TOKYO (Reuters) - Japan’s Takeda Pharmaceutical Co Ltd (4502.T) on Monday forecast a 17 percent fall in operating profit for the year through March 2019 as blood cancer drug Velcade looks set to lose exclusivity in the U.S.
The decline, which is likely to be partly offset by growing sales of drugs such as bowel disease treatment Entyvio and heartburn and ulcer drug Takecab, underscores Takeda’s need to bolster its pipeline. It also comes days after it agreed to a record-breaking $62 billion deal to acquire London-listed Shire (SHP.L).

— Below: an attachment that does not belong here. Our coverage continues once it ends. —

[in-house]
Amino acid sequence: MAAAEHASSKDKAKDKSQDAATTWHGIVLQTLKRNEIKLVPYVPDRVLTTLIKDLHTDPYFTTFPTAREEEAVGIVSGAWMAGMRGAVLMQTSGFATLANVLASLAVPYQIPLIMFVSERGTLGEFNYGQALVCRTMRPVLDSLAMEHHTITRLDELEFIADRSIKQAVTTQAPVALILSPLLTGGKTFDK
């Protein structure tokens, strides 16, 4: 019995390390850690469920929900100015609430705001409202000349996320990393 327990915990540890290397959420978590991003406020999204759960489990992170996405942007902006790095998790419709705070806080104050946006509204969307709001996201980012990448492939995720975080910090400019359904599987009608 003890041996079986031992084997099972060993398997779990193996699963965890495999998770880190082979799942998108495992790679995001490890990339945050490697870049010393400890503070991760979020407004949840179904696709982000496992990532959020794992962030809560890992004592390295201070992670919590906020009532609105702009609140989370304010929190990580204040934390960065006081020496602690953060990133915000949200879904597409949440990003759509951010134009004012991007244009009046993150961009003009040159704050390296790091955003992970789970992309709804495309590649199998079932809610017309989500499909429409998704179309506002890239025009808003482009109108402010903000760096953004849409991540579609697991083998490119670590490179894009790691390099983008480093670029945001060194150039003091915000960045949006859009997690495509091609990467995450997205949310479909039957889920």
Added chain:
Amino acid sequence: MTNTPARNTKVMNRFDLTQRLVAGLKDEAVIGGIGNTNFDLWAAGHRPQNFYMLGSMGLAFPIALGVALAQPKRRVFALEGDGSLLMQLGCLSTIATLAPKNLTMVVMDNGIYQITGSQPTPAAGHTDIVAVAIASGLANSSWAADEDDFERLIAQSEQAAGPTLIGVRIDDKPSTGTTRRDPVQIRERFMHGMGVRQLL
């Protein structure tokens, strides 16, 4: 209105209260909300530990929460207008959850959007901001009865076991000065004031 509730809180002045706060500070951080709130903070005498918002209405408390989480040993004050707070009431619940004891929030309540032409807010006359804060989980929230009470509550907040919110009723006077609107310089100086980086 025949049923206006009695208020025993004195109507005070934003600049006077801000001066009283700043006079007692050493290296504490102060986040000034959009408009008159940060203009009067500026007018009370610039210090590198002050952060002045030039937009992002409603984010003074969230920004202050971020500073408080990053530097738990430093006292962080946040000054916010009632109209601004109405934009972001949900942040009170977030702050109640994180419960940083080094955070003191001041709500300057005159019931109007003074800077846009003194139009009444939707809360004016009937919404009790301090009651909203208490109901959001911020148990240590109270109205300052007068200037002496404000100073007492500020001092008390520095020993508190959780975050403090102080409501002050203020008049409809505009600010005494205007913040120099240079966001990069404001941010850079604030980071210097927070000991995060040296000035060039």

Profit for the year ended March 2018 grew 55 percent to 241.8 billion yen ($2.21 billion) - its highest in six years.
Entyvio sales grew 41 percent to 201.4 billion yen, with Takecab sales up 62 percent to 55.1 billion yen. Velcade sales fell 0.2 percent to 137.3 billion yen.
The Shire acquisition is expected to add strength in rare diseases and blood-derived therapies to Takeda’s three core areas of gastroenterology, oncology and neuroscience. It will also result in the U.S. market accounting for almost half of sales from a third currently.
Rare disease treatments are seen as more sheltered from price pressures in the U.S. affecting areas like oncology.
The Shire deal could close by the end of the year, Chief Executive Christopher Weber said last week. Remaining hurdles include receiving regulatory and shareholder approval.
Reporting by Sam Nussey; Editing by Edwina Gibbs and Himani Sarkar